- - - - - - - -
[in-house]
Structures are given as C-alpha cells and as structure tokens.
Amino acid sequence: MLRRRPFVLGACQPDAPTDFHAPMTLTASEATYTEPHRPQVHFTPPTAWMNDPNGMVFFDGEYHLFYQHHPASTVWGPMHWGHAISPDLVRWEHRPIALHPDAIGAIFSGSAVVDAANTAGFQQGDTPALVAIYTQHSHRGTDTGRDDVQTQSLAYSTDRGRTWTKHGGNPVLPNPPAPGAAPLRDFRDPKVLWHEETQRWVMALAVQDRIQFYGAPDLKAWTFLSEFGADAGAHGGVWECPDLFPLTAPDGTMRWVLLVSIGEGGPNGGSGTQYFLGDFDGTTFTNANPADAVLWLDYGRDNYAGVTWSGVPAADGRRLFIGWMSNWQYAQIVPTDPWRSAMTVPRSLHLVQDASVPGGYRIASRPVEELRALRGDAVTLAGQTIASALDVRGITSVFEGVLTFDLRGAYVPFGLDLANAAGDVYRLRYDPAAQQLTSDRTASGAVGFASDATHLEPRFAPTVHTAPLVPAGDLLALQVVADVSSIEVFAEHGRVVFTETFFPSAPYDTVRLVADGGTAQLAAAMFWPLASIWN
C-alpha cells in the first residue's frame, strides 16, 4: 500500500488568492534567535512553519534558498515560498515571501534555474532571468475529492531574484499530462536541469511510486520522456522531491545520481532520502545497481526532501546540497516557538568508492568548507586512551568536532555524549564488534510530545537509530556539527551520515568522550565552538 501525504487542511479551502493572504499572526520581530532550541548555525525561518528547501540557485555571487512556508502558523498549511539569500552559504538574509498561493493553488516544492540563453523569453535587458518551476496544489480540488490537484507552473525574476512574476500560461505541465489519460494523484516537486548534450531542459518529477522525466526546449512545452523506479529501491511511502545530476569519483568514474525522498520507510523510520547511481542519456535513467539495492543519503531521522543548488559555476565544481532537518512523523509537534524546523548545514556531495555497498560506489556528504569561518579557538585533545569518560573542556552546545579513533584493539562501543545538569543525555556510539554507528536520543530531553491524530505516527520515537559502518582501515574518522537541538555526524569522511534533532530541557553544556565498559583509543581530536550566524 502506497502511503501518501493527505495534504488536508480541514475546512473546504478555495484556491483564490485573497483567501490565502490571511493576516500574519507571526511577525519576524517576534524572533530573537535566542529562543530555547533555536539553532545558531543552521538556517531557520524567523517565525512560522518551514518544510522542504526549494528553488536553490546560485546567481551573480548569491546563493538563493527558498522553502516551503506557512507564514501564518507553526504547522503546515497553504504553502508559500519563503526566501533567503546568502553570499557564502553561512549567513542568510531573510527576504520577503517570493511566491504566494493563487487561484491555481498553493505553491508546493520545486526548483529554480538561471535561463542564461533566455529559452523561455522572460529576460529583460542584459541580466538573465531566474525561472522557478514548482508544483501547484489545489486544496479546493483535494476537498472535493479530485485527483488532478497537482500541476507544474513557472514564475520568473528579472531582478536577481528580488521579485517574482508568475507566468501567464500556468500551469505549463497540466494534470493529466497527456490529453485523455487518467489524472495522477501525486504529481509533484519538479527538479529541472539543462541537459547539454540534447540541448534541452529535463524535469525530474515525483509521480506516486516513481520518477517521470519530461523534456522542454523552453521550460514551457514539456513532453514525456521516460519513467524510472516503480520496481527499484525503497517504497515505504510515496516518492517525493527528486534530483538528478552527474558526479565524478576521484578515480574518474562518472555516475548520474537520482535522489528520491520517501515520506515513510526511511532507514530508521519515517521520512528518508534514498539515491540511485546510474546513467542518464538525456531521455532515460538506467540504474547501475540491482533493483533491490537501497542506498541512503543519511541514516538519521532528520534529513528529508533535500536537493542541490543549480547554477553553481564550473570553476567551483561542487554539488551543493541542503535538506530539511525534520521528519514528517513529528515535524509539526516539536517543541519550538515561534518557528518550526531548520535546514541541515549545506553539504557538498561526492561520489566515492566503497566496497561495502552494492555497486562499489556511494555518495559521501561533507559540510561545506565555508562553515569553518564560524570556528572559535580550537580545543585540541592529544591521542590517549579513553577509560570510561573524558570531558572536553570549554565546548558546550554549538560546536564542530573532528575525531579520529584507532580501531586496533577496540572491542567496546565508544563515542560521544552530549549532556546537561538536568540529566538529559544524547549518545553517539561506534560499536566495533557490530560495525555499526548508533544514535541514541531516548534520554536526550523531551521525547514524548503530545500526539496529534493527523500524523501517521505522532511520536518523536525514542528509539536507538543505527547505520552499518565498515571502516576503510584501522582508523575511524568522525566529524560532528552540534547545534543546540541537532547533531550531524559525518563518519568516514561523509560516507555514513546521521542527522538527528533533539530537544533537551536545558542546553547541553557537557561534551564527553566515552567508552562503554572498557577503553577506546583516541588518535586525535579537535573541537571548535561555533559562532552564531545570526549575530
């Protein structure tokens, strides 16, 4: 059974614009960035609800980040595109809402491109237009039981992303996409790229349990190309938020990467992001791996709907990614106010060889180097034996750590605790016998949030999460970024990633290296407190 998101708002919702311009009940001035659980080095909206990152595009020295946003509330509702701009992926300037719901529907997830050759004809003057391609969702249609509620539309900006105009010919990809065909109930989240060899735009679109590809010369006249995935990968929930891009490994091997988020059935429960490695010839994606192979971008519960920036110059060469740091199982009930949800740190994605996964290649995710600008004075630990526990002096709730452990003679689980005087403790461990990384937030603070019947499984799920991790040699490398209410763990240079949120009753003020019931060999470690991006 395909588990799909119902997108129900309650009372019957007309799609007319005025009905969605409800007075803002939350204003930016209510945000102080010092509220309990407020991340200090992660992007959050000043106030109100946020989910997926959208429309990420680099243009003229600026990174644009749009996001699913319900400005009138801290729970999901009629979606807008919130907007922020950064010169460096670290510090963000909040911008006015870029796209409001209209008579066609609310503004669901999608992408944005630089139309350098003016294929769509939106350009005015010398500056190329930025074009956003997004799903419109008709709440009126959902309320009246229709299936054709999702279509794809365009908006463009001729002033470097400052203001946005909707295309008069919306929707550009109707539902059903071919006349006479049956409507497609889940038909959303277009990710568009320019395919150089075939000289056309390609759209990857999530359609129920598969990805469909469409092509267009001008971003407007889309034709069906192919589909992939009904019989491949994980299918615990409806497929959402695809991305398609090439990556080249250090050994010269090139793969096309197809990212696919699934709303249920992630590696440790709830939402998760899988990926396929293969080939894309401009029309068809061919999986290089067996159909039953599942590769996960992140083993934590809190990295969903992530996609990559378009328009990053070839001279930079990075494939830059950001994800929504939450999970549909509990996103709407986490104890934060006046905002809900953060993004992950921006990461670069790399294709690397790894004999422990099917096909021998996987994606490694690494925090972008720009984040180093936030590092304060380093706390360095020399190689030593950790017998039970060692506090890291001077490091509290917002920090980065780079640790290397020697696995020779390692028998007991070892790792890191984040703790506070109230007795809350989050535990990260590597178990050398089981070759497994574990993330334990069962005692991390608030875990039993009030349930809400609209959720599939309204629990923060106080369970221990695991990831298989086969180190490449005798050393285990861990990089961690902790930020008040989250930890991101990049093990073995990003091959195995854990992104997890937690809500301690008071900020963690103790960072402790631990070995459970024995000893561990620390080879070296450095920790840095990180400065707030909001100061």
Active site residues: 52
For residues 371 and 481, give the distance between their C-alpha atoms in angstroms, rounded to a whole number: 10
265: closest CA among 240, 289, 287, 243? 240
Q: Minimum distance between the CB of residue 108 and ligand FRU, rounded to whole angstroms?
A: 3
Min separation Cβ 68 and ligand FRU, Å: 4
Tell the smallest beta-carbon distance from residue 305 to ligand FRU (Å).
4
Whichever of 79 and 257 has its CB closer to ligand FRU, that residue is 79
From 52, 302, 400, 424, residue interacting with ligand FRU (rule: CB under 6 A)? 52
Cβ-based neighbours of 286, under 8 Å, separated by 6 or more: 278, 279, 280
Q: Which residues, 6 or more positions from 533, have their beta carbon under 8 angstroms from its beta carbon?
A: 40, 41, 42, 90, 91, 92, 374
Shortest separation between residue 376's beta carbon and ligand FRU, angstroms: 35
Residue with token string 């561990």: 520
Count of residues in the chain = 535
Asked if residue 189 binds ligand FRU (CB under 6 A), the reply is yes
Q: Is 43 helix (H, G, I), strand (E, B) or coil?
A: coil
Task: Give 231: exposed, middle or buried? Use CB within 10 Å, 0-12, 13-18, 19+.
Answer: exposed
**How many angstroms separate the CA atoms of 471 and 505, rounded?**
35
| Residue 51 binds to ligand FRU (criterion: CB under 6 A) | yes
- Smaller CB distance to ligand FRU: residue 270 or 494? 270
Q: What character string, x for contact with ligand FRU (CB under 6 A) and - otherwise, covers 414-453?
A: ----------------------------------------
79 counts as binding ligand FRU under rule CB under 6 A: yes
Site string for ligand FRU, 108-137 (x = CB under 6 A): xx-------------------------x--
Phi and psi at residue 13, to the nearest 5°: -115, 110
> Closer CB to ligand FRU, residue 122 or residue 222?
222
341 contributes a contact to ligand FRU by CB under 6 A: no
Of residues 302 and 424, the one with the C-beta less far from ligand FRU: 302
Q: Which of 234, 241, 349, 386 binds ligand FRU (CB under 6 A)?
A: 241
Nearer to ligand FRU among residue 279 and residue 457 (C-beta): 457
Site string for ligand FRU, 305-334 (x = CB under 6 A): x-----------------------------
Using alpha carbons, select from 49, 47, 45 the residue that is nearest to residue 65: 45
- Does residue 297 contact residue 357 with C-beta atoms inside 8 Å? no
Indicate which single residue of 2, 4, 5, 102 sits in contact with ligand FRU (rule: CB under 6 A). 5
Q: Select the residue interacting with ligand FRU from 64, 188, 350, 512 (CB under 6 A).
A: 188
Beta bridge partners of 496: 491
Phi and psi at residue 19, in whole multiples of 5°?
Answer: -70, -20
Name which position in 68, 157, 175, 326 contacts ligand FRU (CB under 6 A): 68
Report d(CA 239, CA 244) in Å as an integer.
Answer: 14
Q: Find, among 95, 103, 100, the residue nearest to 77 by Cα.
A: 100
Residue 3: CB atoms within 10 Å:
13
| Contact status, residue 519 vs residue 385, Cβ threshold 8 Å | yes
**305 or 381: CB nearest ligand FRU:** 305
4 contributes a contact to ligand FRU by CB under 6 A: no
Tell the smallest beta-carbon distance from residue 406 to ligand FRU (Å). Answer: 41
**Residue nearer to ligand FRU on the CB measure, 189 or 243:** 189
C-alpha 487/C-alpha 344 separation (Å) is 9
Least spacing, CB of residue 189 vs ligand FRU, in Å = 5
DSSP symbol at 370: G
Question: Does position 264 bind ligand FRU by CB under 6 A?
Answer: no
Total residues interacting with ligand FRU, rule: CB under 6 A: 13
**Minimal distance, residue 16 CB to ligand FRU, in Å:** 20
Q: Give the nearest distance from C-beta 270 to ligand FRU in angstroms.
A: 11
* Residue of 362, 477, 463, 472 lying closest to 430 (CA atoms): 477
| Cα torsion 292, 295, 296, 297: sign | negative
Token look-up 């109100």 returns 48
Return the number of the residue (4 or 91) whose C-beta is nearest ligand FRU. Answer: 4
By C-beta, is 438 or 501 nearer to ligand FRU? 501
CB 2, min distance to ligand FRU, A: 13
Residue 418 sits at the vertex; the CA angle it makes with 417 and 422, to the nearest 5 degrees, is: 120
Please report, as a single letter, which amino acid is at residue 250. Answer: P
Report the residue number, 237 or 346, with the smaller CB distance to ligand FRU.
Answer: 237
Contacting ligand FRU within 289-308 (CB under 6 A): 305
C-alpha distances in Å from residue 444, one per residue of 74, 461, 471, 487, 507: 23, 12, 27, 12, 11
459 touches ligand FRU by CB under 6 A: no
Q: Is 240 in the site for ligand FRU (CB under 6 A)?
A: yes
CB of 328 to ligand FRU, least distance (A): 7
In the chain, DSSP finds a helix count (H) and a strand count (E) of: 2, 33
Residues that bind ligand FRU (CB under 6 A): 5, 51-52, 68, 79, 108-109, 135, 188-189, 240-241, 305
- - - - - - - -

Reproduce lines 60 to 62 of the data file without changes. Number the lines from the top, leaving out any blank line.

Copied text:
**305 or 381: CB nearest ligand FRU:** 305
4 contributes a contact to ligand FRU by CB under 6 A: no
Tell the smallest beta-carbon distance from residue 406 to ligand FRU (Å). Answer: 41